(director/writer: Peter Strickland; cinematographer: Tim Sidell; editor: Matyas Fekete; cast: Leo Bill (Technical Assistant), Ariane Labed (Lamina Propria), Richard Bremmer (Dr. Glock), Asa Butterfield (Billy Rubin), Gwendolyn Christie (Jan Stevens), Makis Papadimitriou (Stones), Fatma Mohamed (Elle di Elle); Runtime: 111; MPAA Rating: NR; producers: Serena Armitage, Pietro Greppi; IFC Midnight; 2022-UK/USA/Hungary-English/Greek,German with English subtitles)

“A peculiar horror-infused film about cooking.”

Reviewed by Dennis Schwartz

Brit director Peter Strickland (“Berberian Sound Studio”/”In Fabric”) presents a peculiar horror-infused film about cooking that comes with a warning that for the film to be liked demands an acquired taste. It plays out as a clever droll comedy satire on the goals of cooking by concocting aesthetic parallel realities in the world of cuisine.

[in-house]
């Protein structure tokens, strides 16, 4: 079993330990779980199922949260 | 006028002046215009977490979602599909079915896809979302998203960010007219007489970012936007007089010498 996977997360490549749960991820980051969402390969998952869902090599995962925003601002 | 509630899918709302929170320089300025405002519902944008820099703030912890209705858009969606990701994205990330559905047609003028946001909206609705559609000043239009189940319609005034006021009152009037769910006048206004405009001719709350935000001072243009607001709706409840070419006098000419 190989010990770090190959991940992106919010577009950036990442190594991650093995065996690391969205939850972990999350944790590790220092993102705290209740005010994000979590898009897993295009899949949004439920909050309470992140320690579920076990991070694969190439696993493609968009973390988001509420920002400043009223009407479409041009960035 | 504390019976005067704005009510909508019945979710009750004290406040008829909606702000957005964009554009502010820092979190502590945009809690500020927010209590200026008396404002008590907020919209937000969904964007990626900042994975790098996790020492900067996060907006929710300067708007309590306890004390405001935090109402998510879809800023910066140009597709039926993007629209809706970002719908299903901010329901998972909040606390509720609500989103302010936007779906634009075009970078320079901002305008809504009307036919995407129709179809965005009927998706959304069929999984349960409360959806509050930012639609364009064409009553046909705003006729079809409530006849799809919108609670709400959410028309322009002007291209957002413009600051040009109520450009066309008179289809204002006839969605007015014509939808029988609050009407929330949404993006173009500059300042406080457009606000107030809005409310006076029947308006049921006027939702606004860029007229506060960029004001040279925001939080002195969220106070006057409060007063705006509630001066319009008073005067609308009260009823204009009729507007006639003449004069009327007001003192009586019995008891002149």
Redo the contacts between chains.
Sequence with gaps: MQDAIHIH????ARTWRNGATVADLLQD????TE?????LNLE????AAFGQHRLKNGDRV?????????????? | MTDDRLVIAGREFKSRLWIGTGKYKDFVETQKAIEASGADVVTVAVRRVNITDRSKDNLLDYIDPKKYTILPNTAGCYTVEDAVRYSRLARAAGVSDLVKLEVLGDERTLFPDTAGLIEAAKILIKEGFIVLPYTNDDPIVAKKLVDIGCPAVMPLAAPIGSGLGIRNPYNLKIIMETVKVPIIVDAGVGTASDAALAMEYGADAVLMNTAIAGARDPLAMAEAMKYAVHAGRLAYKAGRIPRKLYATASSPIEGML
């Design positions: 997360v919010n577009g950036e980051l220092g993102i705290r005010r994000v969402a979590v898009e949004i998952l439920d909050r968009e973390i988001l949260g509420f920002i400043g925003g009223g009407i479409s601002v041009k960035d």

It features a culinary collective group that can’t agree on a name for itself. They have been granted an “institute” residence in a converted rural manor house, for studying the art of performance cooking. Jan Stevens (Gwendoline Christie) is in charge of the prestigious place and Elle di Elle (Fatma Mohamed), a visionary vegetarian, is the leader of the group consisting of the experimental chef Billy (Asa Butterfield), whose new work covers the nude Elle in pasta sauce while she acts as if shot, and the moody chef Lamina (Ariane Labed) who goes along with her colleagues. Elle refuses even constructive criticism from the group’s benefactor Jan, as the group works out by itself any short-comings in the piercing sounds created when cooking as an art experience. The shaken Jan believes that as the institute leader, she deserves to be heard.

The group’s progress is being chronicled by the pudgy Greek journalist/chef named Stones (Makis Papadimitriou), who has chronic stomach issues (flatulence).

By showing a series of power struggles and gastrointestinal issues the lightweight comedy pokes fun at the commercial influence on the cooking industry and its comical artistic pretensions.

The film might have been funny in spots, but never made much sense to me.

REVIEWED ON 7/17/2022  GRADE: B-